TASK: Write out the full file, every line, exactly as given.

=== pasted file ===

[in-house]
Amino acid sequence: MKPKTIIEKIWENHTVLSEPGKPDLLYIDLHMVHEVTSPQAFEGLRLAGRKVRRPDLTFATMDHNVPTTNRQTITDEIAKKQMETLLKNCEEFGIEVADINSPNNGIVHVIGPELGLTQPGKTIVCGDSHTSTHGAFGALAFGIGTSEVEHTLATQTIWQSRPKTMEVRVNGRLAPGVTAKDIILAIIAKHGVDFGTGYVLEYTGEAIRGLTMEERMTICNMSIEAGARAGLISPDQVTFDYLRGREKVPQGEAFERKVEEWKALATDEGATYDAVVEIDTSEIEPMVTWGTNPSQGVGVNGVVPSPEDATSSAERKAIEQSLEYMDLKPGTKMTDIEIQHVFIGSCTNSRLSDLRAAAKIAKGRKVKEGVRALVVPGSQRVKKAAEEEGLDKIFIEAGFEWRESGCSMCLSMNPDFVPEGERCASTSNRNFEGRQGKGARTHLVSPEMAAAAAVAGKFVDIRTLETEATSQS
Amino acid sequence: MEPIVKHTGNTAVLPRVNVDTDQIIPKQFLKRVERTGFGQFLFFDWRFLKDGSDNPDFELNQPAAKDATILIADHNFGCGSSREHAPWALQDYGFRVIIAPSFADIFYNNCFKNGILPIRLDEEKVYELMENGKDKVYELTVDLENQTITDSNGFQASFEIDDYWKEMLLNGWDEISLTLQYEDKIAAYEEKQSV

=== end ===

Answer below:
[in-house]
Amino acid sequence: MKPKTIIEKIWENHTVLSEPGKPDLLYIDLHMVHEVTSPQAFEGLRLAGRKVRRPDLTFATMDHNVPTTNRQTITDEIAKKQMETLLKNCEEFGIEVADINSPNNGIVHVIGPELGLTQPGKTIVCGDSHTSTHGAFGALAFGIGTSEVEHTLATQTIWQSRPKTMEVRVNGRLAPGVTAKDIILAIIAKHGVDFGTGYVLEYTGEAIRGLTMEERMTICNMSIEAGARAGLISPDQVTFDYLRGREKVPQGEAFERKVEEWKALATDEGATYDAVVEIDTSEIEPMVTWGTNPSQGVGVNGVVPSPEDATSSAERKAIEQSLEYMDLKPGTKMTDIEIQHVFIGSCTNSRLSDLRAAAKIAKGRKVKEGVRALVVPGSQRVKKAAEEEGLDKIFIEAGFEWRESGCSMCLSMNPDFVPEGERCASTSNRNFEGRQGKGARTHLVSPEMAAAAAVAGKFVDIRTLETEATSQS
Amino acid sequence: MEPIVKHTGNTAVLPRVNVDTDQIIPKQFLKRVERTGFGQFLFFDWRFLKDGSDNPDFELNQPAAKDATILIADHNFGCGSSREHAPWALQDYGFRVIIAPSFADIFYNNCFKNGILPIRLDEEKVYELMENGKDKVYELTVDLENQTITDSNGFQASFEIDDYWKEMLLNGWDEISLTLQYEDKIAAYEEKQSV